Bank stabilization . . . 5 1, 756
Local flood protection 3 6, 645
Miscellaneous other . 4 4, 177

A brief description of each of these categories follows.

4 The basic task of the Corps is the construction and maintenance o


military facilities; these are in no way involved in this report.

Digitized for FRASER


http://fraser.stlouisfed.org/
Federal Reserve Bank of St. Louis
10

Three major types of dredging are employed in creating and improv­


ing the navigable waterways of the country. The most common is the hydrau­
lic type in which a dredge, equipped with a cutterhead, pumps relatively soft
material through a pipeline to a disposal area, usually, though not always, on
a shore area. Contracts covering 12 projects of this type of dredging, total­
ing $ 7, 136, 000, are represented in this study. The second type is that in
which soft or broken hard material is loaded by a clamshell or dipper bucket
into scows and hauled away for dumping in a disposal area, usually in deep
water. This study included five such projects totaling $ 2, 956, 000; 2 of
these 5 projects were primarily for rock removal, and involved extensive
drilling and blasting.

The third major type of dredging is not represented in this study be­
cause it is not done by private contract, in the United States. This is the
so-called hopper dredging in which a large seagoing dredge pumps material
into its hopper for subsequent dumping at sea. In this country, only the Fed­
eral Government owns hopper dredges, which are used primarily on ocean
bars and similar exposed locations.

Levees are the simple flood control structures of heaped and com­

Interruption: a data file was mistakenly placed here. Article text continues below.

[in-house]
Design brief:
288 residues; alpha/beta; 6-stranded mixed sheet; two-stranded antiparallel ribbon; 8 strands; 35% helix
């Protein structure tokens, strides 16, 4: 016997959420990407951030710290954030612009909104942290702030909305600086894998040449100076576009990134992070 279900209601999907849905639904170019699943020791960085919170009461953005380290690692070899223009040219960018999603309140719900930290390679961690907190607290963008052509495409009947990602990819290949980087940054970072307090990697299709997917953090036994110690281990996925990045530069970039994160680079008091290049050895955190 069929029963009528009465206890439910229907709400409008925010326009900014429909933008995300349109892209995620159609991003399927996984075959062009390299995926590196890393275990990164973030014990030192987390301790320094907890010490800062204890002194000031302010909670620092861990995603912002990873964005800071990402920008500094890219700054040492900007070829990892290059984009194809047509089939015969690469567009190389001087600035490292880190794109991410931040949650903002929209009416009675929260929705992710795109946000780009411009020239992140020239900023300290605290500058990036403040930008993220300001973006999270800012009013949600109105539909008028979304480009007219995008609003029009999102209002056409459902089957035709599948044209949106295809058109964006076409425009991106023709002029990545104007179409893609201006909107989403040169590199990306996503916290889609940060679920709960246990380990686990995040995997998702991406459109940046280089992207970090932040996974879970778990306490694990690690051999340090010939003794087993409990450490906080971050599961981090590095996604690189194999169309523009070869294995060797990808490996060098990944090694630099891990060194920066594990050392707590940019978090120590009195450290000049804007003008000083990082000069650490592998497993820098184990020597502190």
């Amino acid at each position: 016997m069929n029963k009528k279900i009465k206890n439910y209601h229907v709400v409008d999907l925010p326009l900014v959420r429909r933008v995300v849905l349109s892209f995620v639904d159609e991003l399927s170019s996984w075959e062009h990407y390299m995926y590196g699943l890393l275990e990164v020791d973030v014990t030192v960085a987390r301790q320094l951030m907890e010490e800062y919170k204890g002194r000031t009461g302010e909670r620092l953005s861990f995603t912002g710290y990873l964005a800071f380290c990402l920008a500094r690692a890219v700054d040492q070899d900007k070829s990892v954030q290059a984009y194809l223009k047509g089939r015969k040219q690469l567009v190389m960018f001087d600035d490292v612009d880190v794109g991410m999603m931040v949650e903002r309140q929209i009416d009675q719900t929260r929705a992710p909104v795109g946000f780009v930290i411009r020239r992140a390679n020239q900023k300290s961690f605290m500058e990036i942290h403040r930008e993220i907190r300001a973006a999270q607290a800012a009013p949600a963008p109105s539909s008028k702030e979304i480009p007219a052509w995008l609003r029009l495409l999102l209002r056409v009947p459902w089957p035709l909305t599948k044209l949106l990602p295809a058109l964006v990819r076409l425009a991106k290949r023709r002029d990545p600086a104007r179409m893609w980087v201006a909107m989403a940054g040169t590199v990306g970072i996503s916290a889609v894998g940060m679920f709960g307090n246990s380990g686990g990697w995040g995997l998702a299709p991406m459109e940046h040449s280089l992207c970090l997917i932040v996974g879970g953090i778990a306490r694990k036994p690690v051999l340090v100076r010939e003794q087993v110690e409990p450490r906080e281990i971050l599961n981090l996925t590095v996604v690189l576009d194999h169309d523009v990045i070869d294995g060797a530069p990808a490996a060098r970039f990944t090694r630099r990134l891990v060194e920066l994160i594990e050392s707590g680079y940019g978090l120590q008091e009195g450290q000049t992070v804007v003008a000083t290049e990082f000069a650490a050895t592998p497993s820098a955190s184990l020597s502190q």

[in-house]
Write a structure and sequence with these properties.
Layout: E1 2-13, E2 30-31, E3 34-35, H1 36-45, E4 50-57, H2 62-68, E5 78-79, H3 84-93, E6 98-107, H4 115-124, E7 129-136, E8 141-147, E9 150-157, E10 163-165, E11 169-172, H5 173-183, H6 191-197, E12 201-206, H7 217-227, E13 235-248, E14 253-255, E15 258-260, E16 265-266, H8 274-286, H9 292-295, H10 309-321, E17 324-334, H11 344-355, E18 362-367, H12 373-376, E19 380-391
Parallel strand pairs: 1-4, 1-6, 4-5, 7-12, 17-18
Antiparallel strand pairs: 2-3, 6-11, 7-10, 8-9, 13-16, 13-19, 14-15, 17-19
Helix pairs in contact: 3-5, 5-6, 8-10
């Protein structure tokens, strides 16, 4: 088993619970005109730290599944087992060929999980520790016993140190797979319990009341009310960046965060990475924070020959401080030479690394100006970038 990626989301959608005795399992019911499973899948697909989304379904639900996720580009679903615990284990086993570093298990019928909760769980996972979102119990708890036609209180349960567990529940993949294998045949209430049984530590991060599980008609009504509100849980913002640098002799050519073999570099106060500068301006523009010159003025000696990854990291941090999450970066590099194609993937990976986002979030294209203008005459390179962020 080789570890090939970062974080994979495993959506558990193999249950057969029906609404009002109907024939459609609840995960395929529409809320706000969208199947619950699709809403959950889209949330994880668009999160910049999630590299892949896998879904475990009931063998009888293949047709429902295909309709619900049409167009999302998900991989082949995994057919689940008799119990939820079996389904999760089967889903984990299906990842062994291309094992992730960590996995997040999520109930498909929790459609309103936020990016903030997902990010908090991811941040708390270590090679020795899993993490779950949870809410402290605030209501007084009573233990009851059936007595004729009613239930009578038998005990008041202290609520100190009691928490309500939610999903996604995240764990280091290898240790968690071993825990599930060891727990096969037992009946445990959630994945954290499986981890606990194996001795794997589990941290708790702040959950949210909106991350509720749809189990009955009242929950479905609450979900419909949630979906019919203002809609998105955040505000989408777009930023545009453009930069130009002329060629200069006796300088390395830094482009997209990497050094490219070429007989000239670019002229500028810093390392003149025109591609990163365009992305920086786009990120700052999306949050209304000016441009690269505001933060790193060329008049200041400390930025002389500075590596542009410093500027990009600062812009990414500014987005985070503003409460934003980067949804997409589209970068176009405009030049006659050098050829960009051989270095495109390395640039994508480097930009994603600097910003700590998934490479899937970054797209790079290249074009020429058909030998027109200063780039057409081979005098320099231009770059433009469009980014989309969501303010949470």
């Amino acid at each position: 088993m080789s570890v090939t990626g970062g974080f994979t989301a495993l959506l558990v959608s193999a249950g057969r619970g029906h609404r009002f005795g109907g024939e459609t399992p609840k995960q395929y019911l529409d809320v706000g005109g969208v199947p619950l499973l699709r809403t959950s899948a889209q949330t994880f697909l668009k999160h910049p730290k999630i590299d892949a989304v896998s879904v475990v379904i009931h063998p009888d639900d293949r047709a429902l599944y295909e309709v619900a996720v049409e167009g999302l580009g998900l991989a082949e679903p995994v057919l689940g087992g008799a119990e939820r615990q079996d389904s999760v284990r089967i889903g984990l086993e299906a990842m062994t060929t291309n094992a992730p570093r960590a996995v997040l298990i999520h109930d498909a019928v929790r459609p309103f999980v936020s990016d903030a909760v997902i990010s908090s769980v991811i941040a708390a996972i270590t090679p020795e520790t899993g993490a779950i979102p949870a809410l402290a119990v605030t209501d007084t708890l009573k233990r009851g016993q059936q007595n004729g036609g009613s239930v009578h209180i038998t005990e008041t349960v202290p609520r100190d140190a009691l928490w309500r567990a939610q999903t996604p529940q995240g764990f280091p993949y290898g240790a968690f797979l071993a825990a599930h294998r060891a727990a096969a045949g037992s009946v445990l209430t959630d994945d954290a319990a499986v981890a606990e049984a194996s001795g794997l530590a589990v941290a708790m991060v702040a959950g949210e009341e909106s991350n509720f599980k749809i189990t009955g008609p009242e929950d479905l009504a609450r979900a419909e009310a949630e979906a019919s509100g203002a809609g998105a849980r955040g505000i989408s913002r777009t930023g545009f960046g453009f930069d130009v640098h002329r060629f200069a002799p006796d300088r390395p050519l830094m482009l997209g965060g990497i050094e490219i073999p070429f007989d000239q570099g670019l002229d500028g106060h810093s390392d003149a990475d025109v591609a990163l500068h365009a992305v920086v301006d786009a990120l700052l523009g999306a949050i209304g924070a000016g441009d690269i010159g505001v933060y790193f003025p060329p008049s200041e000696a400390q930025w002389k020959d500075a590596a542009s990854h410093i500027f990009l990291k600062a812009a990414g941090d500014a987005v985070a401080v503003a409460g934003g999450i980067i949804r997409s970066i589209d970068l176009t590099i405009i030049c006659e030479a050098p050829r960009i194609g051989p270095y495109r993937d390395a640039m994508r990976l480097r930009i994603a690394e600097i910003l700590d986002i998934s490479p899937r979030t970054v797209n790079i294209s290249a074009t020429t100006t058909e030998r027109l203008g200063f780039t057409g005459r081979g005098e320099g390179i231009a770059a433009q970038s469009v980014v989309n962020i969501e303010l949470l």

pacted earth. In one of the study1s sample cases, the earth fill was obtained
hydraulically by pumping from the adjacent river in an operation similar to
the pipeline dredging described above. In this and one other case, slopes
were protected from erosion by stone facing.

Included in the category of dams and reservoirs are two earth fill
dams, one of large and one of moderate size; a rock fill dam; and a reser­
voir clearing project. (A concrete dam of modest size is a feature of one
of the nlocal flood protection” projects and is included in that category.)
The sample does not include any of the multipurpose dam and reservoir
projects, costing in the tens of millions of dollars and involving elaborate
hydroelectric power installations.

Pile dike structures consist of two rows of timber piles in clumps,


with rock dumped between and around them. They usually extend outward
from the banks of a river in a downstream direction. Their function is to
slow the river current so as to deposit silt and thus confine the channel and
build up the bank. All of the sample projects are located on the Arkansas
and Missouri Rivers.

Bank stabilization projects reflect three different types of installa­